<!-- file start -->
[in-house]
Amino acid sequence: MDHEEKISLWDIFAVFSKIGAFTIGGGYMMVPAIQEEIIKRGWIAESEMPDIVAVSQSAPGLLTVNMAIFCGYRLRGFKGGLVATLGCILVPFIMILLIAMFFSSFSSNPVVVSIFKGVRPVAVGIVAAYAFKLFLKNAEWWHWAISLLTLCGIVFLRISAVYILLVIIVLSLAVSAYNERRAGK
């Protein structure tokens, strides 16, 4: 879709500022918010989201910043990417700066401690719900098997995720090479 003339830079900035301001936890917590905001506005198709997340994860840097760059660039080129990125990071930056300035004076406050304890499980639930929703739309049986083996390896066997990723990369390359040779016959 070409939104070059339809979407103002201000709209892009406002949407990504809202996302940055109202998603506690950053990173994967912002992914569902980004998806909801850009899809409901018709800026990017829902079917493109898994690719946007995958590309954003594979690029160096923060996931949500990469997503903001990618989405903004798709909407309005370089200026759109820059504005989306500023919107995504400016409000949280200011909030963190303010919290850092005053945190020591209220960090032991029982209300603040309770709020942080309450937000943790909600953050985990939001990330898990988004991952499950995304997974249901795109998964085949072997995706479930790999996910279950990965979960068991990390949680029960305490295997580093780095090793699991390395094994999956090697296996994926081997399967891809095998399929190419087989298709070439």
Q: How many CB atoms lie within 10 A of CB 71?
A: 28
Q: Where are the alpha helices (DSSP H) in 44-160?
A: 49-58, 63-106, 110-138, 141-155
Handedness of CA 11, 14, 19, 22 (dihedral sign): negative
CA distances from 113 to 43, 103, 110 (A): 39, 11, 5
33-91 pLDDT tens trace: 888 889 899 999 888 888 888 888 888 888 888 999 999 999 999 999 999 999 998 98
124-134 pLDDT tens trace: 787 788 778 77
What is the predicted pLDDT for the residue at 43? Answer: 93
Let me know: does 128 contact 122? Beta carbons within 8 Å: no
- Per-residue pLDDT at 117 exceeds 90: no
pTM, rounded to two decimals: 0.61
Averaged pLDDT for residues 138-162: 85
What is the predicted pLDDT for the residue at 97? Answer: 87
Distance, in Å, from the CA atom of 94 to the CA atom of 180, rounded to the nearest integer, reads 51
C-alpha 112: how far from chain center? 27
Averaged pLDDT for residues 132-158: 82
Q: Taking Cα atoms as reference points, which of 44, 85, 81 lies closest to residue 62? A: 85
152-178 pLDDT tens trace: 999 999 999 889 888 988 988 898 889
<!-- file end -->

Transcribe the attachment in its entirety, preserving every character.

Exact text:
[in-house]
Amino acid sequence: MDHEEKISLWDIFAVFSKIGAFTIGGGYMMVPAIQEEIIKRGWIAESEMPDIVAVSQSAPGLLTVNMAIFCGYRLRGFKGGLVATLGCILVPFIMILLIAMFFSSFSSNPVVVSIFKGVRPVAVGIVAAYAFKLFLKNAEWWHWAISLLTLCGIVFLRISAVYILLVIIVLSLAVSAYNERRAGK
């Protein structure tokens, strides 16, 4: 879709500022918010989201910043990417700066401690719900098997995720090479 003339830079900035301001936890917590905001506005198709997340994860840097760059660039080129990125990071930056300035004076406050304890499980639930929703739309049986083996390896066997990723990369390359040779016959 070409939104070059339809979407103002201000709209892009406002949407990504809202996302940055109202998603506690950053990173994967912002992914569902980004998806909801850009899809409901018709800026990017829902079917493109898994690719946007995958590309954003594979690029160096923060996931949500990469997503903001990618989405903004798709909407309005370089200026759109820059504005989306500023919107995504400016409000949280200011909030963190303010919290850092005053945190020591209220960090032991029982209300603040309770709020942080309450937000943790909600953050985990939001990330898990988004991952499950995304997974249901795109998964085949072997995706479930790999996910279950990965979960068991990390949680029960305490295997580093780095090793699991390395094994999956090697296996994926081997399967891809095998399929190419087989298709070439």
Q: How many CB atoms lie within 10 A of CB 71?
A: 28
Q: Where are the alpha helices (DSSP H) in 44-160?
A: 49-58, 63-106, 110-138, 141-155
Handedness of CA 11, 14, 19, 22 (dihedral sign): negative
CA distances from 113 to 43, 103, 110 (A): 39, 11, 5
33-91 pLDDT tens trace: 888 889 899 999 888 888 888 888 888 888 888 999 999 999 999 999 999 999 998 98
124-134 pLDDT tens trace: 787 788 778 77
What is the predicted pLDDT for the residue at 43? Answer: 93
Let me know: does 128 contact 122? Beta carbons within 8 Å: no
- Per-residue pLDDT at 117 exceeds 90: no
pTM, rounded to two decimals: 0.61
Averaged pLDDT for residues 138-162: 85
What is the predicted pLDDT for the residue at 97? Answer: 87
Distance, in Å, from the CA atom of 94 to the CA atom of 180, rounded to the nearest integer, reads 51
C-alpha 112: how far from chain center? 27
Averaged pLDDT for residues 132-158: 82
Q: Taking Cα atoms as reference points, which of 44, 85, 81 lies closest to residue 62? A: 85
152-178 pLDDT tens trace: 999 999 999 889 888 988 988 898 889